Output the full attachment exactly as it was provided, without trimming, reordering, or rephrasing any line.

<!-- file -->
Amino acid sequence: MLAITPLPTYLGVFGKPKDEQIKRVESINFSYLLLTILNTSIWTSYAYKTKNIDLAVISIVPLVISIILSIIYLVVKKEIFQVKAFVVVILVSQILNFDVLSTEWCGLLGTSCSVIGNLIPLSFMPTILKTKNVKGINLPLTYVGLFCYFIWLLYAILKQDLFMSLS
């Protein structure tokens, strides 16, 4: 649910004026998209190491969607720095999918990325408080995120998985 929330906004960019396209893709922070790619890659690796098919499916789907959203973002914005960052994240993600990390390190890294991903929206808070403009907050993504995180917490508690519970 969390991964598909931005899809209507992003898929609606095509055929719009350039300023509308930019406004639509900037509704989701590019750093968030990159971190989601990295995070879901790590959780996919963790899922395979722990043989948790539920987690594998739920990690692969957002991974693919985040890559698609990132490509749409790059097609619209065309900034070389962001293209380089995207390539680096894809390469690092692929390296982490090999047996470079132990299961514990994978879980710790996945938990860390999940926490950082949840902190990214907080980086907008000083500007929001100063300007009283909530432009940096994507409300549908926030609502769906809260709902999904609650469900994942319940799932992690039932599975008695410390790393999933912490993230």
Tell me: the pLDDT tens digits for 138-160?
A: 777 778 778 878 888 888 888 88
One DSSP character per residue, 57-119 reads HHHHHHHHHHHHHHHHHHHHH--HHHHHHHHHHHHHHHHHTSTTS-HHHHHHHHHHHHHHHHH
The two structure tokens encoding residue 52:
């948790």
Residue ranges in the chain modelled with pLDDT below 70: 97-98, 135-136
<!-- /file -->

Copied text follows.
Amino acid sequence: MLAITPLPTYLGVFGKPKDEQIKRVESINFSYLLLTILNTSIWTSYAYKTKNIDLAVISIVPLVISIILSIIYLVVKKEIFQVKAFVVVILVSQILNFDVLSTEWCGLLGTSCSVIGNLIPLSFMPTILKTKNVKGINLPLTYVGLFCYFIWLLYAILKQDLFMSLS
């Protein structure tokens, strides 16, 4: 649910004026998209190491969607720095999918990325408080995120998985 929330906004960019396209893709922070790619890659690796098919499916789907959203973002914005960052994240993600990390390190890294991903929206808070403009907050993504995180917490508690519970 969390991964598909931005899809209507992003898929609606095509055929719009350039300023509308930019406004639509900037509704989701590019750093968030990159971190989601990295995070879901790590959780996919963790899922395979722990043989948790539920987690594998739920990690692969957002991974693919985040890559698609990132490509749409790059097609619209065309900034070389962001293209380089995207390539680096894809390469690092692929390296982490090999047996470079132990299961514990994978879980710790996945938990860390999940926490950082949840902190990214907080980086907008000083500007929001100063300007009283909530432009940096994507409300549908926030609502769906809260709902999904609650469900994942319940799932992690039932599975008695410390790393999933912490993230």
Tell me: the pLDDT tens digits for 138-160?
A: 777 778 778 878 888 888 888 88
One DSSP character per residue, 57-119 reads HHHHHHHHHHHHHHHHHHHHH--HHHHHHHHHHHHHHHHHTSTTS-HHHHHHHHHHHHHHHHH
The two structure tokens encoding residue 52:
């948790």
Residue ranges in the chain modelled with pLDDT below 70: 97-98, 135-136